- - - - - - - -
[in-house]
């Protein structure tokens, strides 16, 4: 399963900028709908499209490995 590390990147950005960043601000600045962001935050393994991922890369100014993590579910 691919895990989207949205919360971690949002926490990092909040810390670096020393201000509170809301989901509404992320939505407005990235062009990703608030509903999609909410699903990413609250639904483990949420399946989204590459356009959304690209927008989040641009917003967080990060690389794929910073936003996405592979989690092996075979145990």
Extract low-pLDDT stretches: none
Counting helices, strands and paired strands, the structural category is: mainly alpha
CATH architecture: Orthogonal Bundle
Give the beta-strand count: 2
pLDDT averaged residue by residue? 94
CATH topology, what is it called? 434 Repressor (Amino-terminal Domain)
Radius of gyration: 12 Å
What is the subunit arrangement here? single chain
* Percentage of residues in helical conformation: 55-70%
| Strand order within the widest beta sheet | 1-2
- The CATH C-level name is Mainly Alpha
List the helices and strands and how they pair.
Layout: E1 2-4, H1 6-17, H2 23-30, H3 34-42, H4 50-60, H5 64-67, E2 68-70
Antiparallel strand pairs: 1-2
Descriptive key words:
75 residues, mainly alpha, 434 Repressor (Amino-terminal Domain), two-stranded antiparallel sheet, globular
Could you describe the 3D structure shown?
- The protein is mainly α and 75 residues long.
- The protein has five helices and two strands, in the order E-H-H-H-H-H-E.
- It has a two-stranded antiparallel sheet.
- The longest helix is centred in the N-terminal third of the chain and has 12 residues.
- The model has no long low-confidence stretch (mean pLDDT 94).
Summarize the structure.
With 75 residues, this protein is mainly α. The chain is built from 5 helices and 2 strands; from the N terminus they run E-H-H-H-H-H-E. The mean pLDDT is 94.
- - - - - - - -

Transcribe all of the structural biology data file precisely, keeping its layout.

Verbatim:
[in-house]
């Protein structure tokens, strides 16, 4: 399963900028709908499209490995 590390990147950005960043601000600045962001935050393994991922890369100014993590579910 691919895990989207949205919360971690949002926490990092909040810390670096020393201000509170809301989901509404992320939505407005990235062009990703608030509903999609909410699903990413609250639904483990949420399946989204590459356009959304690209927008989040641009917003967080990060690389794929910073936003996405592979989690092996075979145990």
Extract low-pLDDT stretches: none
Counting helices, strands and paired strands, the structural category is: mainly alpha
CATH architecture: Orthogonal Bundle
Give the beta-strand count: 2
pLDDT averaged residue by residue? 94
CATH topology, what is it called? 434 Repressor (Amino-terminal Domain)
Radius of gyration: 12 Å
What is the subunit arrangement here? single chain
* Percentage of residues in helical conformation: 55-70%
| Strand order within the widest beta sheet | 1-2
- The CATH C-level name is Mainly Alpha
List the helices and strands and how they pair.
Layout: E1 2-4, H1 6-17, H2 23-30, H3 34-42, H4 50-60, H5 64-67, E2 68-70
Antiparallel strand pairs: 1-2
Descriptive key words:
75 residues, mainly alpha, 434 Repressor (Amino-terminal Domain), two-stranded antiparallel sheet, globular
Could you describe the 3D structure shown?
- The protein is mainly α and 75 residues long.
- The protein has five helices and two strands, in the order E-H-H-H-H-H-E.
- It has a two-stranded antiparallel sheet.
- The longest helix is centred in the N-terminal third of the chain and has 12 residues.
- The model has no long low-confidence stretch (mean pLDDT 94).
Summarize the structure.
With 75 residues, this protein is mainly α. The chain is built from 5 helices and 2 strands; from the N terminus they run E-H-H-H-H-H-E. The mean pLDDT is 94.